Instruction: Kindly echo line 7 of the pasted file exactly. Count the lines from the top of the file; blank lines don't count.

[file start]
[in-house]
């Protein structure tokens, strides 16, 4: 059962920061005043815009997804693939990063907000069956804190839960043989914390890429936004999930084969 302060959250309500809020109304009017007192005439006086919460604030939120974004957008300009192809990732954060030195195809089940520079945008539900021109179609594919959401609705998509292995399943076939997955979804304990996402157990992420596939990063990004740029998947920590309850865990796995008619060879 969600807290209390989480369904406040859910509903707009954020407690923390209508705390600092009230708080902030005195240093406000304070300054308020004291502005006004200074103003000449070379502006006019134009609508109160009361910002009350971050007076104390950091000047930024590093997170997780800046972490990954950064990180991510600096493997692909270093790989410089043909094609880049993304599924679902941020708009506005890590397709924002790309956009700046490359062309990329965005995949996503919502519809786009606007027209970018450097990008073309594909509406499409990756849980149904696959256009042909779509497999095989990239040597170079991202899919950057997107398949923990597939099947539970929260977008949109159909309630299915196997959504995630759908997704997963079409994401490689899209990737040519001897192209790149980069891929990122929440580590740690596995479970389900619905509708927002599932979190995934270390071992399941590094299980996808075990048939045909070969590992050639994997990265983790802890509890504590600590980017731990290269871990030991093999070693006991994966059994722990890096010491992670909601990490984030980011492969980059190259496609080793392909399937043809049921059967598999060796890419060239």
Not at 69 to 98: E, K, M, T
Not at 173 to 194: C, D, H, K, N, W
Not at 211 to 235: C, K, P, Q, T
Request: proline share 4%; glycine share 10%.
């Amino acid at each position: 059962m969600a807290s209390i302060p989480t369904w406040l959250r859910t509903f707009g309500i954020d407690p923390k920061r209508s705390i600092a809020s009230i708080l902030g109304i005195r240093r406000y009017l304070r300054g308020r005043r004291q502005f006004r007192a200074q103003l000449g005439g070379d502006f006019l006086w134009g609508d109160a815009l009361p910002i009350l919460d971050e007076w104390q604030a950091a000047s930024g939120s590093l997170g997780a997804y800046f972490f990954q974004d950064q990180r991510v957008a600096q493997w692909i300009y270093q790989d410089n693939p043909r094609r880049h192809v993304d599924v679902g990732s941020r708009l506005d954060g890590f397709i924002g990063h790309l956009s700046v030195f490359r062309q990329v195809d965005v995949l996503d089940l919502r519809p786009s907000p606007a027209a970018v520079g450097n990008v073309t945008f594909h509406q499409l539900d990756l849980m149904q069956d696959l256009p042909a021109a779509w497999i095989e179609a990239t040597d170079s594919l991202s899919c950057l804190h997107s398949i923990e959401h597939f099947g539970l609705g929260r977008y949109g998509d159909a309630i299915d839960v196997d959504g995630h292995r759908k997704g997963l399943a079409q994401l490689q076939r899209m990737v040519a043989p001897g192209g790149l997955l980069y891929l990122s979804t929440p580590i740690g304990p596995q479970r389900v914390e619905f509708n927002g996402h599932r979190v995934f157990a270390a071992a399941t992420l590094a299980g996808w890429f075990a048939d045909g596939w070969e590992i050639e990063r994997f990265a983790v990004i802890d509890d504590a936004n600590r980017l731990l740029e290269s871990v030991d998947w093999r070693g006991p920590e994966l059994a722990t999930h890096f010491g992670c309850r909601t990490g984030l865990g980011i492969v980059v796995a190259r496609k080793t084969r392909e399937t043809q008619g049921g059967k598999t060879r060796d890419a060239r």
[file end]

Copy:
């Amino acid at each position: 059962m969600a807290s209390i302060p989480t369904w406040l959250r859910t509903f707009g309500i954020d407690p923390k920061r209508s705390i600092a809020s009230i708080l902030g109304i005195r240093r406000y009017l304070r300054g308020r005043r004291q502005f006004r007192a200074q103003l000449g005439g070379d502006f006019l006086w134009g609508d109160a815009l009361p910002i009350l919460d971050e007076w104390q604030a950091a000047s930024g939120s590093l997170g997780a997804y800046f972490f990954q974004d950064q990180r991510v957008a600096q493997w692909i300009y270093q790989d410089n693939p043909r094609r880049h192809v993304d599924v679902g990732s941020r708009l506005d954060g890590f397709i924002g990063h790309l956009s700046v030195f490359r062309q990329v195809d965005v995949l996503d089940l919502r519809p786009s907000p606007a027209a970018v520079g450097n990008v073309t945008f594909h509406q499409l539900d990756l849980m149904q069956d696959l256009p042909a021109a779509w497999i095989e179609a990239t040597d170079s594919l991202s899919c950057l804190h997107s398949i923990e959401h597939f099947g539970l609705g929260r977008y949109g998509d159909a309630i299915d839960v196997d959504g995630h292995r759908k997704g997963l399943a079409q994401l490689q076939r899209m990737v040519a043989p001897g192209g790149l997955l980069y891929l990122s979804t929440p580590i740690g304990p596995q479970r389900v914390e619905f509708n927002g996402h599932r979190v995934f157990a270390a071992a399941t992420l590094a299980g996808w890429f075990a048939d045909g596939w070969e590992i050639e990063r994997f990265a983790v990004i802890d509890d504590a936004n600590r980017l731990l740029e290269s871990v030991d998947w093999r070693g006991p920590e994966l059994a722990t999930h890096f010491g992670c309850r909601t990490g984030l865990g980011i492969v980059v796995a190259r496609k080793t084969r392909e399937t043809q008619g049921g059967k598999t060879r060796d890419a060239r």